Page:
Oprah Winfrey & Ava DuVernay Replace "Diversity" With Something Far Better

NEW ORLEANS, LA - JULY 02: Director Ava DuVernay and Oprah Winfrey speak onstage during the 2016 ESSENCE Festival presented By Coca-Cola at Ernest N. Morial Convention Center on July 2, 2016 in New Orleans, Louisiana. (Photo by Paras Griffin/Getty Images for 2016 Essence Festival)
Source: Paras Griffin/Getty Images Entertainment/Getty Images

Director Ava DuVernay has made no secret over her aversion to the word "diversity." Earlier this year, she told The New York Times, "I hate that word so, so much." So you can bet that when she and Oprah Winfrey — arguably two of the most powerful women in Hollywood today — sit down to discuss the topic, they offer up a better way of talking about the idea. In an interview with The Hollywood ReporterDuVernay and Winfrey replaced "diversity" with something far better. They referred to the need for inclusion of many different people at the table. 

Winfrey explained that DuVernay has adjusted the vocabulary she uses to talk about diversity:

I used to use the word 'diversity' all the time. 'We want more diverse stories, more diverse characters...' Now I really eliminated it from my vocabulary because I've learned from her that the word that most articulates what we're looking for is what we want to be: included. It's to have a seat at the table where the decisions are being made.

Providing a space for everyone is what the entertainment industry needs to focus on. When the experiences of people of color are included from the beginning, the work is relatable to a wider audience, and better for everyone. Filmmakers who embrace a variety of people are not indulging "diversity"  they are focused on providing a sense of belonging for those who are not white men, who are used to hearing and seeing their stories told.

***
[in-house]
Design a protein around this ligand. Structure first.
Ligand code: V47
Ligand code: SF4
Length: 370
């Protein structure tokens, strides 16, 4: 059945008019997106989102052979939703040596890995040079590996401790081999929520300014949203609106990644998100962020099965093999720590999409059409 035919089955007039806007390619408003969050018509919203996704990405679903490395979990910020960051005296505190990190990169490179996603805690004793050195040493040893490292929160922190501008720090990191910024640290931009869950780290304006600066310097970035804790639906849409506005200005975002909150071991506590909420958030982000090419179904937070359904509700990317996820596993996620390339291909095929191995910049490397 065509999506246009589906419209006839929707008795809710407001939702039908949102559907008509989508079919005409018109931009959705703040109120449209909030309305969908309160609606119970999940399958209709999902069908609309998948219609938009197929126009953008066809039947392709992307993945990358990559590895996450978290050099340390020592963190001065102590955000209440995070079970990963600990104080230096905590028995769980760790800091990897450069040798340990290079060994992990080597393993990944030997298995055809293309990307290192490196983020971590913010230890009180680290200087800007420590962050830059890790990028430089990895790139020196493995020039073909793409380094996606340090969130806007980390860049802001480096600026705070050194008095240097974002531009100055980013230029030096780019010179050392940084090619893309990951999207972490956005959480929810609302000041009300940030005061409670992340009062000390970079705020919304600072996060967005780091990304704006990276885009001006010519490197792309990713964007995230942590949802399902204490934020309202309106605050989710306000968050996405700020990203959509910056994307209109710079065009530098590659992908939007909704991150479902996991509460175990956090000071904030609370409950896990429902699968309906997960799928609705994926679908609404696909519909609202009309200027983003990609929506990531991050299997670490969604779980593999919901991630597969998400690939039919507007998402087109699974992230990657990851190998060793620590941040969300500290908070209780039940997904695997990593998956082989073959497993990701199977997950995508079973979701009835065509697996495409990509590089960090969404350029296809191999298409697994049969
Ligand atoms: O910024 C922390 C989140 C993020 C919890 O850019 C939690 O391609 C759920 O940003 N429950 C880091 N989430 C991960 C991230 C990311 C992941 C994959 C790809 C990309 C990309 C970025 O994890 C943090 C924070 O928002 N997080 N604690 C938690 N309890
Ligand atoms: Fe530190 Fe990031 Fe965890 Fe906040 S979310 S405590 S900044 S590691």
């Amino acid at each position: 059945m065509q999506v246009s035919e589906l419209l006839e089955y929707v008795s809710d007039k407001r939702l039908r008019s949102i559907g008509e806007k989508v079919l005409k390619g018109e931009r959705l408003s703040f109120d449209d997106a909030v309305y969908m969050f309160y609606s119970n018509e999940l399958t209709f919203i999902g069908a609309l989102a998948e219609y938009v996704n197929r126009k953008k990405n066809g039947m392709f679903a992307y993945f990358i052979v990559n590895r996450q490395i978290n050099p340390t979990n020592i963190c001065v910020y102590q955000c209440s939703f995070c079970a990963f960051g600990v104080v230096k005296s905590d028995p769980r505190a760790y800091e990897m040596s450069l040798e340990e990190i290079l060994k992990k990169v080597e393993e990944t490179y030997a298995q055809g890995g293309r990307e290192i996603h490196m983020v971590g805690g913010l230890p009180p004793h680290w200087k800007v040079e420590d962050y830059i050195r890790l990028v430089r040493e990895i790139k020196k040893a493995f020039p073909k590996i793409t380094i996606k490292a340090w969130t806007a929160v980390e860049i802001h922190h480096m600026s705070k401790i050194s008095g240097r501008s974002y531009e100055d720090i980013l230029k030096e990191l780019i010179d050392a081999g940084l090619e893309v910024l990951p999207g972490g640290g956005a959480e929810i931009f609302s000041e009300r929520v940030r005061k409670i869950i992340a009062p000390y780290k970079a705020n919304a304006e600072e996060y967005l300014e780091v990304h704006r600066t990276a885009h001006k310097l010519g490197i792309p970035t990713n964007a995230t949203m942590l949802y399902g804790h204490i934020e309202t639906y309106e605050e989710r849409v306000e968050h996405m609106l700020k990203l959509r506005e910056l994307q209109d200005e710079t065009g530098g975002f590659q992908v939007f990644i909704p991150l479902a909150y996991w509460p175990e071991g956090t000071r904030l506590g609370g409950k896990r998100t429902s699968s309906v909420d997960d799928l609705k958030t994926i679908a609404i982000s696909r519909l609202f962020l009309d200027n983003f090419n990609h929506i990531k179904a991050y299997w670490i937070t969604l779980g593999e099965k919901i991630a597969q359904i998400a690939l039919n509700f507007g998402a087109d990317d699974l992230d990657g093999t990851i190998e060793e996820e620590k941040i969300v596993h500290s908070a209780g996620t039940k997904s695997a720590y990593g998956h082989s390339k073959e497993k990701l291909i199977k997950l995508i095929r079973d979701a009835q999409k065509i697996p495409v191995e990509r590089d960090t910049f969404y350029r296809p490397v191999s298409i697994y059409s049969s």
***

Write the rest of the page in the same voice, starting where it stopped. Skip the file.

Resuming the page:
Beyond telling such stories, inclusion means having people of color actually tell these stories themselves. While white people have certainly brought the stories of black people to the big screen in the past, as DuVernay told The Hollywood Reporter, "I believe there is a special value in work that is a reflection of oneself as opposed to interpretation. When I see a film or a TV show about black people not written by someone who's black, it's an interpretation of that life."

In the interview, the pair also discussed DuVernay's latest project, a TV series about siblings who inherit a sugarcane farm in Louisiana called "Queen Sugar," which is based on author Natalie Baszile's 2014 novel of the same name and will be broadcast on OWN in September. They also spoke about DuVernay's film adaptation of Madeline L'Engle's A Wrinkle In Time, in which Winfrey has been cast. Queen Sugar features a largely black cast and many women of color behind the camera, which represents the inclusion that the women speak of and advocate for.

As Hollywood works to highlight new points of view, it's important for creators of culture to keep in mind the need to bring in those who have different experiences. Including more narratives in the films and TV shows that are produced benefits everyone. 

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